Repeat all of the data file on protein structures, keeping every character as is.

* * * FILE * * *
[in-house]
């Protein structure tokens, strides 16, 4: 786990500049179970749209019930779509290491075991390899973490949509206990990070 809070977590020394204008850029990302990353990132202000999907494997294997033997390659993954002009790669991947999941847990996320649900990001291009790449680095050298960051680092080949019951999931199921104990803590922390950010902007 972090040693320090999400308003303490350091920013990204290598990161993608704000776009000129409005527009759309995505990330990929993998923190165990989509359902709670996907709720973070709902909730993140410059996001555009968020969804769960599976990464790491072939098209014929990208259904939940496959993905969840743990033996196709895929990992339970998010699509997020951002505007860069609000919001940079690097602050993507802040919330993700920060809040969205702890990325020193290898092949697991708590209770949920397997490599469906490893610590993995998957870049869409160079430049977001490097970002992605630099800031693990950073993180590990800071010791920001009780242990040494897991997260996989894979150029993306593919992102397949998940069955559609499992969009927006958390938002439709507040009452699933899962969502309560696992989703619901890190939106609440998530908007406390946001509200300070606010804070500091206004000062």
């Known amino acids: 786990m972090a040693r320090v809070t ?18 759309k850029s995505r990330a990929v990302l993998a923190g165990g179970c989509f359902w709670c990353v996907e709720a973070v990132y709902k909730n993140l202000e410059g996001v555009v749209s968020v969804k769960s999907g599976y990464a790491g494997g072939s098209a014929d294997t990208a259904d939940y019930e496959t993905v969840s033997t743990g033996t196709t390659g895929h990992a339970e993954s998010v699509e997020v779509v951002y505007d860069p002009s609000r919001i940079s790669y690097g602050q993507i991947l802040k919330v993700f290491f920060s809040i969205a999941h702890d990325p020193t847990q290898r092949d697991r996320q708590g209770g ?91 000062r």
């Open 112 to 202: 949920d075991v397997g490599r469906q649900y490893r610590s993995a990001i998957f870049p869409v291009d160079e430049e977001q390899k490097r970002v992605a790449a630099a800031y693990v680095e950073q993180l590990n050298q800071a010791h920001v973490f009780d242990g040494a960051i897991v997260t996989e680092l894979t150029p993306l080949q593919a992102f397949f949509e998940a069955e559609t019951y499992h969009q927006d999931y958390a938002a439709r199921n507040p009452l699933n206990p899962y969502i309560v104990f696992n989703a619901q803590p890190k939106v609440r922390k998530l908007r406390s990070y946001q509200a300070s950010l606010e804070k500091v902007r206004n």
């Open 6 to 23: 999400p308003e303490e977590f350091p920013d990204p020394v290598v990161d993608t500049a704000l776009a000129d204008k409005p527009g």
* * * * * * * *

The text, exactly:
[in-house]
């Protein structure tokens, strides 16, 4: 786990500049179970749209019930779509290491075991390899973490949509206990990070 809070977590020394204008850029990302990353990132202000999907494997294997033997390659993954002009790669991947999941847990996320649900990001291009790449680095050298960051680092080949019951999931199921104990803590922390950010902007 972090040693320090999400308003303490350091920013990204290598990161993608704000776009000129409005527009759309995505990330990929993998923190165990989509359902709670996907709720973070709902909730993140410059996001555009968020969804769960599976990464790491072939098209014929990208259904939940496959993905969840743990033996196709895929990992339970998010699509997020951002505007860069609000919001940079690097602050993507802040919330993700920060809040969205702890990325020193290898092949697991708590209770949920397997490599469906490893610590993995998957870049869409160079430049977001490097970002992605630099800031693990950073993180590990800071010791920001009780242990040494897991997260996989894979150029993306593919992102397949998940069955559609499992969009927006958390938002439709507040009452699933899962969502309560696992989703619901890190939106609440998530908007406390946001509200300070606010804070500091206004000062």
């Known amino acids: 786990m972090a040693r320090v809070t ?18 759309k850029s995505r990330a990929v990302l993998a923190g165990g179970c989509f359902w709670c990353v996907e709720a973070v990132y709902k909730n993140l202000e410059g996001v555009v749209s968020v969804k769960s999907g599976y990464a790491g494997g072939s098209a014929d294997t990208a259904d939940y019930e496959t993905v969840s033997t743990g033996t196709t390659g895929h990992a339970e993954s998010v699509e997020v779509v951002y505007d860069p002009s609000r919001i940079s790669y690097g602050q993507i991947l802040k919330v993700f290491f920060s809040i969205a999941h702890d990325p020193t847990q290898r092949d697991r996320q708590g209770g ?91 000062r």
């Open 112 to 202: 949920d075991v397997g490599r469906q649900y490893r610590s993995a990001i998957f870049p869409v291009d160079e430049e977001q390899k490097r970002v992605a790449a630099a800031y693990v680095e950073q993180l590990n050298q800071a010791h920001v973490f009780d242990g040494a960051i897991v997260t996989e680092l894979t150029p993306l080949q593919a992102f397949f949509e998940a069955e559609t019951y499992h969009q927006d999931y958390a938002a439709r199921n507040p009452l699933n206990p899962y969502i309560v104990f696992n989703a619901q803590p890190k939106v609440r922390k998530l908007r406390s990070y946001q509200a300070s950010l606010e804070k500091v902007r206004n």
């Open 6 to 23: 999400p308003e303490e977590f350091p920013d990204p020394v290598v990161d993608t500049a704000l776009a000129d204008k409005p527009g």